Finding the right valves for hot steam, high pressure and severe conditions
Diapers consist of plastic, paper and biodegradable waste, and often contain some problematic substances such as medicinal drugs. The idea was to melt the diapers using steam at 250°C, extract the plastic for recycling, and use the remaining components for biogas and fertilizer. There were many unknowns: What type of pipes would be safe for transporting the steam? Which valves would be able to withstand the extremely high pressures that were required? How could the pipes be kept free from molten and re-solidifying plastic? KLINGER The Netherlands not only provided a lot of know-how, they also supplied the suitable technical components such as various valves (control valves, ball valves, butterfly valves and specially designed lift plug valves), steam traps, gaskets and hoses.
Did you know?
Diapers, especially those used by the elderly, contain a lot of medicinal drugs, posing a danger to groundwater. The process invented by the Dutch engineering company Elsinga Beleidsplanning en Innovatie and ARN breaks these down into their individual components, so that the outputs from the plant are eventually almost free of any pharmaceuticals.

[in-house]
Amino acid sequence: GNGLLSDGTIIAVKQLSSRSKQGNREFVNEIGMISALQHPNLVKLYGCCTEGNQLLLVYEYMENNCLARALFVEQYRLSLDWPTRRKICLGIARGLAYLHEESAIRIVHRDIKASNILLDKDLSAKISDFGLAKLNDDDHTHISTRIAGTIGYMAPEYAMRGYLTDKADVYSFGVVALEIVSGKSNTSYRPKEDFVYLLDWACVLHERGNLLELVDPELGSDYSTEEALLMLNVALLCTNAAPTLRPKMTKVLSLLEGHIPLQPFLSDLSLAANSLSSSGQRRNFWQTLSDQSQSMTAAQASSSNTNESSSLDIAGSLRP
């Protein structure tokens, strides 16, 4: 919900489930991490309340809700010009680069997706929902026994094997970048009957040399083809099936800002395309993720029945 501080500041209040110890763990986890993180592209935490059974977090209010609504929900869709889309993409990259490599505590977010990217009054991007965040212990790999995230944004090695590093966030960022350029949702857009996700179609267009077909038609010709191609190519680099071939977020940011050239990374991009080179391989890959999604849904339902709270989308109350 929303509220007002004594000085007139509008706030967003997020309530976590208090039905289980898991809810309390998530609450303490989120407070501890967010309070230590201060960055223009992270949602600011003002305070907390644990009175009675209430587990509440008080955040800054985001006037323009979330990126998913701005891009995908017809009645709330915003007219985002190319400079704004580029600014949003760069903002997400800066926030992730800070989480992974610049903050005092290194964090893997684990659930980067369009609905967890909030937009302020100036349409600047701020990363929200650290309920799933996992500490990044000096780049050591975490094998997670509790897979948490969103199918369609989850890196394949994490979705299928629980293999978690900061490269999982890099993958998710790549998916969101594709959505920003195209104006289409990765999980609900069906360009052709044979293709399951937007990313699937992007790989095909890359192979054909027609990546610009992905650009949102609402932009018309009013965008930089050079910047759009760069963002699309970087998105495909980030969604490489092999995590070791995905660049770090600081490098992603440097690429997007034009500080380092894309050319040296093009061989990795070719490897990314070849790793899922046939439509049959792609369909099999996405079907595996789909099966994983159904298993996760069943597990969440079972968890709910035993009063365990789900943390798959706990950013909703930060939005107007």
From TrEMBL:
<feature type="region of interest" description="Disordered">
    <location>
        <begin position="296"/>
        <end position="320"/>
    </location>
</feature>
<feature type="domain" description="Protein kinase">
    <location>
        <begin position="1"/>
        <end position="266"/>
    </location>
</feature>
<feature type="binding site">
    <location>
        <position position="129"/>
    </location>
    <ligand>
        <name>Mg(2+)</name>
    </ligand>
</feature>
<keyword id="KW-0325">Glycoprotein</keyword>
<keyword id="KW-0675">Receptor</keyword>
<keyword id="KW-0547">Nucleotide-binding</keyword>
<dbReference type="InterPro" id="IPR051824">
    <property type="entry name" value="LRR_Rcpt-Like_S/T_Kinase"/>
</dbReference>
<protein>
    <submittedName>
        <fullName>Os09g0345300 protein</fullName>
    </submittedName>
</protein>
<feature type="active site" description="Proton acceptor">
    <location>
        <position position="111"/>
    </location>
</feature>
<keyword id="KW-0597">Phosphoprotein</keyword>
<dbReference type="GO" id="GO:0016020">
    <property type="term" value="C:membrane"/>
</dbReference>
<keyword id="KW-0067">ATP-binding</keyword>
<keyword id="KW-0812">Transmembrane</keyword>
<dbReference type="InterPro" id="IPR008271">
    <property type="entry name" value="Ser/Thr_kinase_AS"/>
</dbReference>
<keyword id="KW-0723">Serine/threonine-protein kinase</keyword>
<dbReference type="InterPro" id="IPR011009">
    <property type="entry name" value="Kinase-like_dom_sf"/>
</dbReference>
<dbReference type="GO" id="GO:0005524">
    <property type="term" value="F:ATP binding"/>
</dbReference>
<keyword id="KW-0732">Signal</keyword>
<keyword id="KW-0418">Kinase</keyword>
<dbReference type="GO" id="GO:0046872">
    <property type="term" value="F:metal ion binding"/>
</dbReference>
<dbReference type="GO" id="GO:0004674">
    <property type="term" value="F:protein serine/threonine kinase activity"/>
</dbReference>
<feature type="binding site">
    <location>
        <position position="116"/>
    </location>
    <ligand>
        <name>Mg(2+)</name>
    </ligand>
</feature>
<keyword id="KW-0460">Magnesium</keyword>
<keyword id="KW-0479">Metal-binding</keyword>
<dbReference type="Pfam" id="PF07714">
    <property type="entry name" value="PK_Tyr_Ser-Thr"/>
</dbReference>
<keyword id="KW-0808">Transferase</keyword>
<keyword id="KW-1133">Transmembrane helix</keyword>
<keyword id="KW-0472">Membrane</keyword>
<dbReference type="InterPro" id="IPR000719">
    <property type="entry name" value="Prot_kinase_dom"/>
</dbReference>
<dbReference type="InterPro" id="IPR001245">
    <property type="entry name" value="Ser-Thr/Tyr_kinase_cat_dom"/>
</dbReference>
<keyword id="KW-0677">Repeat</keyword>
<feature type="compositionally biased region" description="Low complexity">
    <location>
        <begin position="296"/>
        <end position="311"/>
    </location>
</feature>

Boudewijn Slager and Klaas Doting (with the white helmets) of KLINGER The Netherlands accompanied ARN with their on-site expertise from the start. Niek Temmens (red helmet), Process Operator at ARN, operates the system.
KLINGER The Netherlands not only provided a lot of know-how, they also supplied ARN with suitable technical components such as valves, steam traps, gaskets and hoses.
This unique process is ready to be offered to the world
The process was tried out in a small pilot plant, working with 80 kilos of diapers. And, in fall 2019, the first of the three big reactors was ready. It can process 5,000 tons of diapers a year. ARN is planning to expand the plant, processing 15,000 tons a year, corresponding to 75 million diapers. ARN’s inventive diaper-recycling process has now been approved by the National Institute for Public Health and the Environment (https://www.rivm.nl/en) and also receives subsidies from the EU. Soon, this process will be ready to be offered to the world. "This is the first of this type of process anywhere in the world and there is already a lot of interest. If it proves successful, I am certain it will be duplicated in many places," says Klaas Doting, Sales Engineer at KLINGER The Netherlands. Elsinga is taking care of the international sales of their patented process.